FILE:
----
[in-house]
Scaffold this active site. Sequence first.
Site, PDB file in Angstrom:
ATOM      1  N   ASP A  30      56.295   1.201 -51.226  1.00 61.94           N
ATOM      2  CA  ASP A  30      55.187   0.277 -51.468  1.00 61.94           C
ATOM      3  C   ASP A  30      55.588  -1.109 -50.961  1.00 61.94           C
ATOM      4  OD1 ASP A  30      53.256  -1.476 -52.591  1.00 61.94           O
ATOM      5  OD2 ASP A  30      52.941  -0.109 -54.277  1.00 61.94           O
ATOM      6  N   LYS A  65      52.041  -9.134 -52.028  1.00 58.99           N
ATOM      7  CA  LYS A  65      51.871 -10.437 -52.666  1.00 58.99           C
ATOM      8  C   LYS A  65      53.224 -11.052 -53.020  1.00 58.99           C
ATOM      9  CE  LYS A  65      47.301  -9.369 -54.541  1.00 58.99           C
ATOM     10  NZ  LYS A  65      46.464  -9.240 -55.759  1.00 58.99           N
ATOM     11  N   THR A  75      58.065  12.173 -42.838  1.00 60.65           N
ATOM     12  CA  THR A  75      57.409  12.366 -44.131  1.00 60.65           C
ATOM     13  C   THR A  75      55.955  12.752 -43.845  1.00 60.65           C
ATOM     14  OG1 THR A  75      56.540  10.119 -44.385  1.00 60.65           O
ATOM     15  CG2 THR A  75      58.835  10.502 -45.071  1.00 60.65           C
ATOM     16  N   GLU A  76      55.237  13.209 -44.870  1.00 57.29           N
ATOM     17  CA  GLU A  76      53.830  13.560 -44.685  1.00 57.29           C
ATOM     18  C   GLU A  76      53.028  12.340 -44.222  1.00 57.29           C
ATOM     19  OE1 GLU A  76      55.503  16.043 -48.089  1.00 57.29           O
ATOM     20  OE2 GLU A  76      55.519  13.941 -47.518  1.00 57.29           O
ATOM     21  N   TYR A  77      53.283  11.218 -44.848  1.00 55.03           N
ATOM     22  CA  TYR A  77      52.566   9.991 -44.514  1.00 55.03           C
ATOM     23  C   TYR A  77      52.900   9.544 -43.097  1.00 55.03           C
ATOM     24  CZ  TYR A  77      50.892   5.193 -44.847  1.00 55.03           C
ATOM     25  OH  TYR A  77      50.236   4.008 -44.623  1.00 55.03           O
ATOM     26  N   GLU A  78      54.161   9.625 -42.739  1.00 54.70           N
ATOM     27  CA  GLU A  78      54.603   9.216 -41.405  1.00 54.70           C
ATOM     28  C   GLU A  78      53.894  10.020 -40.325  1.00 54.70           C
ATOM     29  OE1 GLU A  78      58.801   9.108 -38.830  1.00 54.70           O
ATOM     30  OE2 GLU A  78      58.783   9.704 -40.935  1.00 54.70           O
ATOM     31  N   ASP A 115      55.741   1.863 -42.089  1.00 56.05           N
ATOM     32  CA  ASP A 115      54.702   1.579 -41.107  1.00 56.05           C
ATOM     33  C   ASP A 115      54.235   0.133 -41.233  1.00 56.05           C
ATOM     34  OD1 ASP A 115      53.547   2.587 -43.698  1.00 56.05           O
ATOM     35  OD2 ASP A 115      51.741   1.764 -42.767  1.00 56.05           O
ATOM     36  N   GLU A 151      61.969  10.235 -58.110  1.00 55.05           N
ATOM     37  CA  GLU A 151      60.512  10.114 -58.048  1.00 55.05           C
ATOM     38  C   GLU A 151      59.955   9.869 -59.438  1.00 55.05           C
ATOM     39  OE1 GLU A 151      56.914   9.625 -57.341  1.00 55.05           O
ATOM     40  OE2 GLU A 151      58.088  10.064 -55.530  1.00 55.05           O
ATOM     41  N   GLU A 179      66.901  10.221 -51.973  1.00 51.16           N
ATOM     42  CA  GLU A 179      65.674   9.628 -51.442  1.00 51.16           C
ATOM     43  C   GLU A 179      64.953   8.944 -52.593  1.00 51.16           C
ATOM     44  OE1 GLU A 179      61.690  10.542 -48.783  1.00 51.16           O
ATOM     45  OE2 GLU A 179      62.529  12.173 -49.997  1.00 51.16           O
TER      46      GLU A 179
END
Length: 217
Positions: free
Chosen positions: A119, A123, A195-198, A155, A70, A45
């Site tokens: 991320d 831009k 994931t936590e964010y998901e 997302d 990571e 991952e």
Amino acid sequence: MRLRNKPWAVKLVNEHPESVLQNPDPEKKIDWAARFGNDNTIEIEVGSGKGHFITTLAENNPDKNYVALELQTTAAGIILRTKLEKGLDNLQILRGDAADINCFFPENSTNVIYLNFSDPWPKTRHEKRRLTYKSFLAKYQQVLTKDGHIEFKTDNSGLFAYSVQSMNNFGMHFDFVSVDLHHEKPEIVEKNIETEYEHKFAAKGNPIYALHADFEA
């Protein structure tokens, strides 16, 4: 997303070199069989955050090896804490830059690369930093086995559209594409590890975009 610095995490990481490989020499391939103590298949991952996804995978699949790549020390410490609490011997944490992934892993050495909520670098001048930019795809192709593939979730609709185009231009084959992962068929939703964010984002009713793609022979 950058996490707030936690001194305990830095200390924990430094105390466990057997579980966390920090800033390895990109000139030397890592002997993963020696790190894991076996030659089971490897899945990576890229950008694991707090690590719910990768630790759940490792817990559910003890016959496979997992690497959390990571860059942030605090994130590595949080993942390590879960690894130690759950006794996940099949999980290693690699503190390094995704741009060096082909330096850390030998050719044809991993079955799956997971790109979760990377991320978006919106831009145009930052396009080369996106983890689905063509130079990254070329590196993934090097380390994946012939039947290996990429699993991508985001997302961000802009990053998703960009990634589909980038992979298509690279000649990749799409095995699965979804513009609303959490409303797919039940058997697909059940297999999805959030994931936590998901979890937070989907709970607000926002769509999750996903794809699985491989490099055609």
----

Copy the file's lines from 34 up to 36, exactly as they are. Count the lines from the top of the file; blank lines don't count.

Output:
ATOM     31  N   ASP A 115      55.741   1.863 -42.089  1.00 56.05           N
ATOM     32  CA  ASP A 115      54.702   1.579 -41.107  1.00 56.05           C
ATOM     33  C   ASP A 115      54.235   0.133 -41.233  1.00 56.05           C